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Broken Top in Bend, Or

Broken Top

John Clark

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  • Mt. Bachelor in Bend, Oregon

    Fall in love with Bend

    This Oregon playground offers sun, snow, and storybook-sweet cottages. Here's where to go and what to do

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"Whoever visits bend, moves to Bend," people warned. So frequently, in fact, I took it to be the official motto of this always sunny central Oregon playground ― a blessedly bipolar high-desert home base, where you can trail-run along the rushing Deschutes River in the morning and hit the snowy slopes of Mt. Bachelor in the afternoon. My kind of town.

Exactly why my husband was a little worried when I took off with two girlfriends for a fun winter weekend. "You'll either never come home or have us packing when you do," he joked.

He knows I fall in love fast ― with places, that is. And though I've been firmly planted in San Francisco for the past 10 years, I tend to talk a big game whenever we travel ― which, as a travel editor, is often. I've considered everywhere from Bozeman to Santa Fe. Just back from two weeks of honeymooning in Italy, Tuscany is now on my running la-la-land list.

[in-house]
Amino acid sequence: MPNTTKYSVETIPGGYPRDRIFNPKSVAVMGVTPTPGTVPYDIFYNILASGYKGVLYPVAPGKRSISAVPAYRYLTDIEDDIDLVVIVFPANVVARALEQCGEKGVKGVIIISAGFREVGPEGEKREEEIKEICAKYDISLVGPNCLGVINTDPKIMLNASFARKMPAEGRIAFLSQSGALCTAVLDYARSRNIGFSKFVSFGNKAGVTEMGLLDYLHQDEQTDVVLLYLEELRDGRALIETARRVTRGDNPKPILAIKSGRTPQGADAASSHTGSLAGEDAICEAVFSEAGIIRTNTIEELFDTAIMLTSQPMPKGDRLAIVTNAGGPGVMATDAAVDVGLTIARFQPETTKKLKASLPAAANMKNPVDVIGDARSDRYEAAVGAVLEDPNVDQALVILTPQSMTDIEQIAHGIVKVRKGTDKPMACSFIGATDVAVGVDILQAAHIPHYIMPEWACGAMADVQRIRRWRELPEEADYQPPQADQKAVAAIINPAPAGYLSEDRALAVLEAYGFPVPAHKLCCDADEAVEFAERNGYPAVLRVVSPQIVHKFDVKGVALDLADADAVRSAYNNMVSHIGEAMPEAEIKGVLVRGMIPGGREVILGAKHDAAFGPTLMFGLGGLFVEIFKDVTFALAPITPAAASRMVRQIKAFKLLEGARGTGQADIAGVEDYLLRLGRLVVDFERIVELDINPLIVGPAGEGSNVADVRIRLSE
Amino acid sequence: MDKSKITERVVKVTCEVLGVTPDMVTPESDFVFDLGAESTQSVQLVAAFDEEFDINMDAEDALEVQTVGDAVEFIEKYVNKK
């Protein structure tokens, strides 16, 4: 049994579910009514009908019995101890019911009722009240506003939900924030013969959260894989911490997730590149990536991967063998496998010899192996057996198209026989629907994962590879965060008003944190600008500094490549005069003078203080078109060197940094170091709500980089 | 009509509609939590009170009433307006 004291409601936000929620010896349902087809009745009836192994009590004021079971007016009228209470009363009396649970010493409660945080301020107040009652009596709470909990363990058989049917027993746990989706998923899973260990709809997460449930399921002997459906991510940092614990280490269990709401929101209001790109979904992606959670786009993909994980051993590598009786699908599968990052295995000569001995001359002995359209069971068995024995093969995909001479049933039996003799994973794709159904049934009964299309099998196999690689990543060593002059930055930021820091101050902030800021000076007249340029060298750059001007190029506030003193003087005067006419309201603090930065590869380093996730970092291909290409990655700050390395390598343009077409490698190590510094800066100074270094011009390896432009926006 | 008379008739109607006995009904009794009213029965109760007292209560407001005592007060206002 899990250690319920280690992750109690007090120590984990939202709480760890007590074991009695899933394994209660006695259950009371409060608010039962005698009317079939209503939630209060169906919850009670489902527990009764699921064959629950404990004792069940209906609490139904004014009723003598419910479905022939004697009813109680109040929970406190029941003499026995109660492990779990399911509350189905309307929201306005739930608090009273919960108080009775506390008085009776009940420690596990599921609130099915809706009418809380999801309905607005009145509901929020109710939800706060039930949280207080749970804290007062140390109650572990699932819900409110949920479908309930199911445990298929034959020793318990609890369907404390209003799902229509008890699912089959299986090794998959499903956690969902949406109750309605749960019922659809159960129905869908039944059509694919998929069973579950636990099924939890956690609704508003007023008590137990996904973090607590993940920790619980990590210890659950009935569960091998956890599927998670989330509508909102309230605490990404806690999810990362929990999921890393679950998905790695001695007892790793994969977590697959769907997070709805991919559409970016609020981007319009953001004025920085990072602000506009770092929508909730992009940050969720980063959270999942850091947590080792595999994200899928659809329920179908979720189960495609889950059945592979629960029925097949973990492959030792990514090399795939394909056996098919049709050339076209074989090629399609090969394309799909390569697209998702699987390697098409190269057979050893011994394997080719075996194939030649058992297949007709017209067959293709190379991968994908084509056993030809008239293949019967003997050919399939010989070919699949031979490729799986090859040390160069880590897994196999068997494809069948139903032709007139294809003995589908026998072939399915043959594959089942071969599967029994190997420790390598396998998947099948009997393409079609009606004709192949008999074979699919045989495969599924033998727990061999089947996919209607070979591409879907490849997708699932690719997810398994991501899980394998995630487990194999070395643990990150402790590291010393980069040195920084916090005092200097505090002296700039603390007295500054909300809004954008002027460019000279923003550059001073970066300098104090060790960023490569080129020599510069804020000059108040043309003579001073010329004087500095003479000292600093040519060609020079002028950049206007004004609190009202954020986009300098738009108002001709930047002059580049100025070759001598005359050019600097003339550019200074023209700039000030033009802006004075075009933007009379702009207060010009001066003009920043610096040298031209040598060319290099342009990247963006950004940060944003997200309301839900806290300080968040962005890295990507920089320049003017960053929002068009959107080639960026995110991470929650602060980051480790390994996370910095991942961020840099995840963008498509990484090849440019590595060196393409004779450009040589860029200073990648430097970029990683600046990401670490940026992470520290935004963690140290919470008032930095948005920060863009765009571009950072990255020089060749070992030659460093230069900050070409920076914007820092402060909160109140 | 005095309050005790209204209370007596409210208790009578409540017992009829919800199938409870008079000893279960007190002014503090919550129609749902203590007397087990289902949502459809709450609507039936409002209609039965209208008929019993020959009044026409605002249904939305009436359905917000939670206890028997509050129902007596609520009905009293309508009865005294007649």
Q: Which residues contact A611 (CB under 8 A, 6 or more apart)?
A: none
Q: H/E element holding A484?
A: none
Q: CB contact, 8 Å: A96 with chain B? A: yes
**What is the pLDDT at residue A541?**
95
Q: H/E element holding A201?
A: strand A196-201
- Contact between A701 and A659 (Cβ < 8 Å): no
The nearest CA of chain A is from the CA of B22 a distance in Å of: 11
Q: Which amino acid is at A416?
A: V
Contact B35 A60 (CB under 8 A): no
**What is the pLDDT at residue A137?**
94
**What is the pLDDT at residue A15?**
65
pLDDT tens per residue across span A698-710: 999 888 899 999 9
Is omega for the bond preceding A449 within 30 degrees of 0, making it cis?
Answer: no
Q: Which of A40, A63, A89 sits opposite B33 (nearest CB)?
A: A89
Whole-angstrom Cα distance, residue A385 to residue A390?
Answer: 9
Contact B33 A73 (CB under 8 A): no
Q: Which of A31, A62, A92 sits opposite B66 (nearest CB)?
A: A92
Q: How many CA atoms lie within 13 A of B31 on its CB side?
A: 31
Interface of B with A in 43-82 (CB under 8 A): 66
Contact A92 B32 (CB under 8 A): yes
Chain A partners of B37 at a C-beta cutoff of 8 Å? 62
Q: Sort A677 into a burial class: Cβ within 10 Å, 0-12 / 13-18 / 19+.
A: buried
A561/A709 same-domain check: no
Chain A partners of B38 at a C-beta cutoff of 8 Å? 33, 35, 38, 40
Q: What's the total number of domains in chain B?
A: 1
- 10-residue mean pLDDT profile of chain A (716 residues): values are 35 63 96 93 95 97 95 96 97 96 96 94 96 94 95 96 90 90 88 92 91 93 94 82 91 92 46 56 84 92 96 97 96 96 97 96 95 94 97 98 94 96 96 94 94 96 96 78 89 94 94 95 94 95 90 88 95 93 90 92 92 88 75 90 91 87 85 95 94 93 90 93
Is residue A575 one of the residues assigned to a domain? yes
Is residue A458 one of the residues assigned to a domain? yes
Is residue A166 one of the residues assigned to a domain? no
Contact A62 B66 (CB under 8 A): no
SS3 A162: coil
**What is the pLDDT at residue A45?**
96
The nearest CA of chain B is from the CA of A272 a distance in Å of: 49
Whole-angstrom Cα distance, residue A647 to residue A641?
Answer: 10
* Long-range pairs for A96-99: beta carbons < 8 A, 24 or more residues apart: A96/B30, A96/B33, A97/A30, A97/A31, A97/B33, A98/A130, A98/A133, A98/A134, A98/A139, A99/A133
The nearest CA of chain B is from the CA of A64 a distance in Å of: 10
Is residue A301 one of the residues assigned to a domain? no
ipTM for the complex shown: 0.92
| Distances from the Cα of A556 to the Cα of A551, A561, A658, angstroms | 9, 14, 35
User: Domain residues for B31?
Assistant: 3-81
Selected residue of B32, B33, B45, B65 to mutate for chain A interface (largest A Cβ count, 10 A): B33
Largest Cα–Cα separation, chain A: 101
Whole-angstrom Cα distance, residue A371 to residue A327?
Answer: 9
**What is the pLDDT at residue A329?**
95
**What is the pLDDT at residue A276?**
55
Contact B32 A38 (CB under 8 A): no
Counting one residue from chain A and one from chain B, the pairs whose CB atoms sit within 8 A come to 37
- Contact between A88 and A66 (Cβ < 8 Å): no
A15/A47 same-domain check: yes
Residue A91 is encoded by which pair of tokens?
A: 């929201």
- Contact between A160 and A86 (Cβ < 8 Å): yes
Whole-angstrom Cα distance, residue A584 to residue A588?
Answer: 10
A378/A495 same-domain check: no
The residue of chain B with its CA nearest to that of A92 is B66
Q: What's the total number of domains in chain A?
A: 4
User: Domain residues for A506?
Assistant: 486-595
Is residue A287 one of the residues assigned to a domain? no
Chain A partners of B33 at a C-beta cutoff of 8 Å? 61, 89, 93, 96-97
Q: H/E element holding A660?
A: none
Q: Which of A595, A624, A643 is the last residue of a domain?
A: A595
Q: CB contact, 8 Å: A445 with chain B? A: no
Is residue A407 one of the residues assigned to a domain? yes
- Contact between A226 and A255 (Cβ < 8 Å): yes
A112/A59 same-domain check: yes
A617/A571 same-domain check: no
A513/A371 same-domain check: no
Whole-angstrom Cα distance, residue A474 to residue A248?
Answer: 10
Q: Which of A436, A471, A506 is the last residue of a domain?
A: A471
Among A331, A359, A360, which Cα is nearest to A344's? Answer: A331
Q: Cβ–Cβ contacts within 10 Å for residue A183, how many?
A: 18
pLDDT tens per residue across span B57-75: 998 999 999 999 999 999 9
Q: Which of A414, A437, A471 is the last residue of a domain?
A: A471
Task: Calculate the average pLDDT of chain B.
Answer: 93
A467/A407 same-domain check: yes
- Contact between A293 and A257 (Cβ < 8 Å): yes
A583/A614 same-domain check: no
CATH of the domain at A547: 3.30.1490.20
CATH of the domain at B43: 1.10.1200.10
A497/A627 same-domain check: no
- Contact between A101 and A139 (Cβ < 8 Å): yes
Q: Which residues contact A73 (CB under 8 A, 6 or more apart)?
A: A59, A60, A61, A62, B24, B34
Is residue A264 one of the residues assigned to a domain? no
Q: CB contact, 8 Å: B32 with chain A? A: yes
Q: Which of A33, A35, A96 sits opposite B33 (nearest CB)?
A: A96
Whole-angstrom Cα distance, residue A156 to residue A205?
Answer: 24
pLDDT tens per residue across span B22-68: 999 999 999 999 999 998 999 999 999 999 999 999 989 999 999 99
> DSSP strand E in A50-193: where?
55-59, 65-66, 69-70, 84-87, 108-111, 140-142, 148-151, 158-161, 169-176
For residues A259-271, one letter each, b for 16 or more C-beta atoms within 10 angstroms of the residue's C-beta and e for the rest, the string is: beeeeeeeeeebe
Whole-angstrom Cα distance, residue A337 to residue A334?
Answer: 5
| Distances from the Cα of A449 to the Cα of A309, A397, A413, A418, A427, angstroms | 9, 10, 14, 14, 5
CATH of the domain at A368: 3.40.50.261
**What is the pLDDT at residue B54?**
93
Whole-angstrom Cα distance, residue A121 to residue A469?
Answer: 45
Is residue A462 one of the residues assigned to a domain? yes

But given Bend's recruitment record, this trip seemed serious. I might really love this landlocked town enough to join the flocks of outdoorsy urban professionals, young families, and nimble retirees who've been relocating here in droves.

Bend's population has skyrocketed in the past few years (75,290 at last count), as have its once ridiculously affordable home prices (2006 saw a 30 percent one-year increase ― the highest in the country, according to The Economist). And, of course, all that arguably good stuff has followed: wine bars and martini bars, day spas, bakeries, and a burgeoning restaurant scene worthy of any big city.

Still, despite the influx of Californians and fancy cars, Bend remains a decidedly unpretentious, Carhartt-clad community, where folks prefer moonlight snowshoes over movies, and unfussy hotel rooms run about $100 a night.

 

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